- Pinterest grew the percentage of women it employs in technology jobs from 21% to 26% in 2016, and increased the ratio of engineers to 22%, but missed its self-imposed goal to boost the latter figure to 30%.
- The social media site now aims to have women in 25% of its engineering jobs in 2017.
- Pinterest also increased its percentage of engineers from under-represented ethnic groups from 1% to 9% in 2016, more than meeting the company's stated goal.
Pinterest stresses the importance of diversity in hiring for senior leadership positions, not just junior positions, as is the case in many companies, but CEO Ben Silberman admitted in a blog post that the process of recruiting and interviewing for those jobs took longer than expected, and that the firm "could have spent more time on this in the first half of the year."
Pinterest acknowledged it probably will be a while before it is able to have female employees comprise 30% of its engineering workforce, and reducing its goal to 25% for 2017 may earn the company a bit of negative commentary after it was so aggressive with its goals last year. However, Pinterest should be congratulated for its efforts. Not that many companies in any industry are attacking the issue of hiring diversity so aggressively and honestly.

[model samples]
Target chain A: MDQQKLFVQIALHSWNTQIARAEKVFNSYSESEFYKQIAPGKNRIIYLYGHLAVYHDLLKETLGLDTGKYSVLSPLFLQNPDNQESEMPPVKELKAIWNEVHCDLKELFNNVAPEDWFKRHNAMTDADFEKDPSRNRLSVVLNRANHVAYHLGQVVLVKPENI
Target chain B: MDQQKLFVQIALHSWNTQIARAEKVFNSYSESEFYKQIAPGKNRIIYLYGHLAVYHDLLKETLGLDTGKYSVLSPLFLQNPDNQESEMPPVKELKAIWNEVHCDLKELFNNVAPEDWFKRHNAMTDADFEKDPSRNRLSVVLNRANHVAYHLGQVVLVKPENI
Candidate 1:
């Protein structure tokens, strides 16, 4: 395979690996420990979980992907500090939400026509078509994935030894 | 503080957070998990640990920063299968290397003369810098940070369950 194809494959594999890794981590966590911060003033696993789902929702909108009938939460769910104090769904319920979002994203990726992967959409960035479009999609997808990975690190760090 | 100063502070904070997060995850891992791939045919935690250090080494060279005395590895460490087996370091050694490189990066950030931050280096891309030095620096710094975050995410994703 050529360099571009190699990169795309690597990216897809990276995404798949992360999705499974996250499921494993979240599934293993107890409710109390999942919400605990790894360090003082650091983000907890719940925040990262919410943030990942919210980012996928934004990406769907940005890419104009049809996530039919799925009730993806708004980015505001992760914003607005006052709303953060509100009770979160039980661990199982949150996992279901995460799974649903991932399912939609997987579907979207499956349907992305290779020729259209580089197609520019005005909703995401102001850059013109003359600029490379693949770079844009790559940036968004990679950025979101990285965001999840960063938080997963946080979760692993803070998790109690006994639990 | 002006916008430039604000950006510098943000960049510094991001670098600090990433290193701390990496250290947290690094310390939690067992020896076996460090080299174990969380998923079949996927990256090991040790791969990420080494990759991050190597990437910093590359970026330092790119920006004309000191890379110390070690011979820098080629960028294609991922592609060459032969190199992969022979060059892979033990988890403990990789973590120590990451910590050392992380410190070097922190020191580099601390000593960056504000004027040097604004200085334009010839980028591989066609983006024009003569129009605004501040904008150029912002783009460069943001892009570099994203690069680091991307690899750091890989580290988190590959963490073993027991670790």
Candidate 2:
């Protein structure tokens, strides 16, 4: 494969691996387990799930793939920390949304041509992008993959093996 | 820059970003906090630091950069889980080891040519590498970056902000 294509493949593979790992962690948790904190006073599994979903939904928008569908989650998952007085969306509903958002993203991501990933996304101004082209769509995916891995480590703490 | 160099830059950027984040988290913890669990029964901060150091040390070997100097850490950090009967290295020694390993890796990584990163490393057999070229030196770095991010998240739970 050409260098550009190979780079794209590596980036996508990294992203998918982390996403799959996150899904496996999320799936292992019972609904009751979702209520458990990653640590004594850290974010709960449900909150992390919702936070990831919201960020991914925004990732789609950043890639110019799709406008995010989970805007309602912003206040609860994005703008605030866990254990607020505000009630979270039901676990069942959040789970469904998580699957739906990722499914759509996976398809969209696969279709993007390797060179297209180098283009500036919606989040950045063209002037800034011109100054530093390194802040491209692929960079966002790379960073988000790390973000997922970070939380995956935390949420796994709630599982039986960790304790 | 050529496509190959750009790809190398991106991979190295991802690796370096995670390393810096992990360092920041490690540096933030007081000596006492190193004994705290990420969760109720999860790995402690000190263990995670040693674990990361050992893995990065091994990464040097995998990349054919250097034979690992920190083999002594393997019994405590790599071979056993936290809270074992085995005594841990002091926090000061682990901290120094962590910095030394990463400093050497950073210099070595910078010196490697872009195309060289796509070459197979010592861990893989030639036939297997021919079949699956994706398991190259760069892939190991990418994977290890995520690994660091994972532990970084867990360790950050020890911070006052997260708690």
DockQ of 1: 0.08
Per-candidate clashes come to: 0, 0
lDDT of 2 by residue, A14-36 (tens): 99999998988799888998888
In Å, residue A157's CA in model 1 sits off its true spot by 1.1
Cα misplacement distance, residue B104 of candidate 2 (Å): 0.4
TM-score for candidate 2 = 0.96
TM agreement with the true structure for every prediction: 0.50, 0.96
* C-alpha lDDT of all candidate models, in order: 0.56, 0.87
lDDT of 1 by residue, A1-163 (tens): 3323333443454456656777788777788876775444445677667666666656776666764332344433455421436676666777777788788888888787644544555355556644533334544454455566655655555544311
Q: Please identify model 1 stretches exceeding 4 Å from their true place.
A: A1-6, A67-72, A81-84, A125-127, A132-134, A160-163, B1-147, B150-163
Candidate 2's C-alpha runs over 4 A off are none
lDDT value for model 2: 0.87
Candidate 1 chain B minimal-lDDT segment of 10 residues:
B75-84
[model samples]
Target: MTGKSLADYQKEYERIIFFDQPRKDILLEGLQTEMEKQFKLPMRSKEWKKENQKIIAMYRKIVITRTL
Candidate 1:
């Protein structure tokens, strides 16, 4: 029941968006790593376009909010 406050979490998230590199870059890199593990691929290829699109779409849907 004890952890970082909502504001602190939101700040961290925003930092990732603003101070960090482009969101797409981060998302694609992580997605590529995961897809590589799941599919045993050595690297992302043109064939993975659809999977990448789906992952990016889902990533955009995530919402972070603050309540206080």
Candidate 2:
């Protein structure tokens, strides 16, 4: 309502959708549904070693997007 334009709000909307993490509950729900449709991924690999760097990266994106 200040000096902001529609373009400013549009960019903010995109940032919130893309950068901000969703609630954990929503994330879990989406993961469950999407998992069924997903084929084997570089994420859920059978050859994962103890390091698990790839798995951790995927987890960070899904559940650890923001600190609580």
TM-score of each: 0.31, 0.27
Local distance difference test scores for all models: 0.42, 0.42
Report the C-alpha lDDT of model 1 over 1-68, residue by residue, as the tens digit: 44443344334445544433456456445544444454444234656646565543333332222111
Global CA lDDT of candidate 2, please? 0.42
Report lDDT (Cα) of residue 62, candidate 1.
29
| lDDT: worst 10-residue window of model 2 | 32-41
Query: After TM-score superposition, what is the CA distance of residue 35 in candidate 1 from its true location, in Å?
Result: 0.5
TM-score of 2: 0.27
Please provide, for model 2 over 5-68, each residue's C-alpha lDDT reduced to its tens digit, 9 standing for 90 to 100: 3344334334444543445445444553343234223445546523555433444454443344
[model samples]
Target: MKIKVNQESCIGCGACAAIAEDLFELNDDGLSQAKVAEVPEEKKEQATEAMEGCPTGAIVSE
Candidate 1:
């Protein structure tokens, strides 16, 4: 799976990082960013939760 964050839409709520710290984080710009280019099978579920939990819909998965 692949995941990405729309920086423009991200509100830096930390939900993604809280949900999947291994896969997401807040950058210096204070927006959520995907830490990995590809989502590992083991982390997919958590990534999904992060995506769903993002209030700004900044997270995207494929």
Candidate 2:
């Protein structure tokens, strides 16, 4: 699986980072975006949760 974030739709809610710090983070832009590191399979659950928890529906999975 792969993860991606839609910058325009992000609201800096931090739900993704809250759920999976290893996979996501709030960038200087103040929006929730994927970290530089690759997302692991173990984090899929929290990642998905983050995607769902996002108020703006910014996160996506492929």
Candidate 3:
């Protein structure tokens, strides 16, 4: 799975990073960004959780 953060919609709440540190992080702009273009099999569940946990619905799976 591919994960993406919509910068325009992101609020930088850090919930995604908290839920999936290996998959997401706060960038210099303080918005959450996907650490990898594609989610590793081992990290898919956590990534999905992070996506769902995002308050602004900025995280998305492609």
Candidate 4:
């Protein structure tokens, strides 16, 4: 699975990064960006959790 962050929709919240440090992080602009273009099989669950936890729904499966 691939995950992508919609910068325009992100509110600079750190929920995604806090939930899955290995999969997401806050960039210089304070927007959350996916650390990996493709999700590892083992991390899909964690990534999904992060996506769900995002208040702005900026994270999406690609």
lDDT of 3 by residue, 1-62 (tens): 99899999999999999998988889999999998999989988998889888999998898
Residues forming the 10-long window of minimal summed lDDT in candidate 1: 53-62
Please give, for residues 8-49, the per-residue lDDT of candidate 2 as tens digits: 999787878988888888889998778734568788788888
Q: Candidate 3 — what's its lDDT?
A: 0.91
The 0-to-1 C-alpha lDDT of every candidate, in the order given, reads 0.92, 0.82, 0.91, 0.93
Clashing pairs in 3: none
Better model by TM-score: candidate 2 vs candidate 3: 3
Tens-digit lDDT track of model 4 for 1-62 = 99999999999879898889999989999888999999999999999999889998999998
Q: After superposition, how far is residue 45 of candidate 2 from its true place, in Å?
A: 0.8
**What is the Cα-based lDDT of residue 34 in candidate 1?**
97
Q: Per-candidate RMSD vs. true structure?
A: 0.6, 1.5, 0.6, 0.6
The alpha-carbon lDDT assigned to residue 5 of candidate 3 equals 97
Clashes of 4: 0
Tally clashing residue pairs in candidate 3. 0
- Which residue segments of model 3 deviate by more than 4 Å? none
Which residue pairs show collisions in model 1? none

Women account for at least 85% of Pinterest's audience, according to some estimates. So, that likely fed into its efforts to emphasize the hiring of women, but its diversity strategy involves the recruiting of under-represented ethnic groups as well. Pinterest has managed to meet its hiring diversity goals in some areas, but not in others, which should mainly serve as a reminder that setting goals and making them real are two very different things.
Pinterest has been having an incredible run of late, with revenue for the full calendar year of 2016 expected to triple to about $300 million. It's clearly growing at a rapid rate, and able to hire across the board at a fast rate. With the priority that Pinterest is placing on diversity and its wild success allowing the company to put some money behind these efforts, there is no reason it can't hit its goals.